Well garden friends, it has been a long week. The picture above is from the school garden I work with and as you can see, we have not been in the garden since before spring break and the weeds and grass have gotten a bit out of control. Monday we started digging in to try and tame it back before students are scheduled to arrive in a few weeks.
Since March and over the next few months, we will be sharing out a lot of ideas for how to keep your garden program going and how to keep kids learning from a distance and learning from home. I want to take a moment this week however, to add a few words of encouragement in case what really made the most sense for you this spring or continues to make the most sense for you this fall is to just take a break right now with your youth garden program. Gardening has some amazing benefits including boosting mental, physical, social, and emotional health -- and it is a wonderful hands-on educational tool. We have seen a sharp increase in interest in gardening with kids since COVID-19 hit and it is so encouraging to see folks seeking out garden spaces during these stressful times. I want to send out major accolades to those of you who have kept your garden growing to provide food for your community at this time.
That being said, after reading through our recent audience survey, I know that there are many of you out there who are physically and mentally tired from trying to keep gardens going with little to no help. There are many programs out there that have completely lost all sources of funding and you are not even sure where to look to find new resources. And most disheartening for those of us who know how important and impactful youth garden programs are for our students, there are many discovering that the garden is the first on the chopping block when school budgets shrink. So, I wanted to take a moment to acknowledge that things are not all roses right now and share a little story about sunflowers.
Through the years, I have read and written hundreds of program spotlights about school garden programs, but there is one in particular that has really stuck with me. Way back in 2005 when I was working with the California School Garden Network to put together a book called Gardens for Learning, educator Mary Landau shared a story about one of her elementary school classes that decided to grow sunflowers in a 60-foot long narrow strip of ground along the school building. Without outdoor water access, the class carried water out to the plants every day for 2 months just waiting for the flowers to bloom. Getting very close to opening, the class went out one day to find that someone had cut the heads off of every one of their flowers.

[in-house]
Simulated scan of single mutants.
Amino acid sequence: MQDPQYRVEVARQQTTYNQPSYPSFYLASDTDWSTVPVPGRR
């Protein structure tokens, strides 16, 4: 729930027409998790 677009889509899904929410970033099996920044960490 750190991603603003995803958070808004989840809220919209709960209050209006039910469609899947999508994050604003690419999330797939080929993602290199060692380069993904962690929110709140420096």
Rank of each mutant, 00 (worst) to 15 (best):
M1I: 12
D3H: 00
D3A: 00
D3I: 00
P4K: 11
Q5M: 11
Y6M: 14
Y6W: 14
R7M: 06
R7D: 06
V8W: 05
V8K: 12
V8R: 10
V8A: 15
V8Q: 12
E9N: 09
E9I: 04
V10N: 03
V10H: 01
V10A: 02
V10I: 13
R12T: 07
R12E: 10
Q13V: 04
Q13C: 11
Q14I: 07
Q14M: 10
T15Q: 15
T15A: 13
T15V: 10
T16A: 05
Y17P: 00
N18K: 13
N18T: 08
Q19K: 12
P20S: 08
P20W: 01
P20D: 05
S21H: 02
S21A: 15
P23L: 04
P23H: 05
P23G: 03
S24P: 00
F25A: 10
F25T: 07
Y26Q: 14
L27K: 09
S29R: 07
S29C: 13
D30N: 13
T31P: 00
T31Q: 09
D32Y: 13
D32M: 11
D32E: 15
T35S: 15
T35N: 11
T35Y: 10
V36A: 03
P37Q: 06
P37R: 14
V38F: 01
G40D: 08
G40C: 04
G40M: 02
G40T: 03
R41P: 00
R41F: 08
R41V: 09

So you are probably thinking right now, really? This is one of your favorite program spotlights of all times?
Fortunately the story did not end there. The sad, angry, and disappointed students decided to leave the stalks up to see what would happen to the plants. A few days later, additional flower buds begin to develop and each stalk grew four new blooms. Granted they were smaller than the originals, but their bright, sunny faces smiled down at the class nonetheless.
Mary shared that her students not only had the opportunity witness how in nature living creatures fight to survive and reproduce, they also learned an important life lesson. They learned that life is not always fair and some times bad things happen that just do not make sense, but if you don’t give up, good things can come from the bad.
I am not sure that all sunflower varieties would exhibit this kind of response (so please do not try this unless you treat it like an experiment knowing it may not work the same way for you) nor am I sharing this story to make light of what is going on in the world today – I know it feels like things are crashing in on all sides for so many right now. I recognize that many school gardeners are still not able to get back into your space and those of you who are able to return are arriving to find much beloved plants that did not survive and an up hill battle with weeds that seems unconquerable. But as we started hacking away at the grass invading our own school garden this week, this story popped into my mind from long ago and it gave me hope, so I thought I would share it in this blog in case it might bring some to you too. The reminder that if we just keep going and doing as much as we can even if it may not feel like enough, 'sunflowers' (or whatever we plant, including the seeds we are sowing to grow healthy and happy kids) are going to bloom again in our garden, brought back some of the joy and energy to our efforts.
If you would like to read the full program spotlight about the surprise sunflowers, you can find it in Chapter 8 of Gardens for Learning: Maintaining Your School Garden on p. 73.
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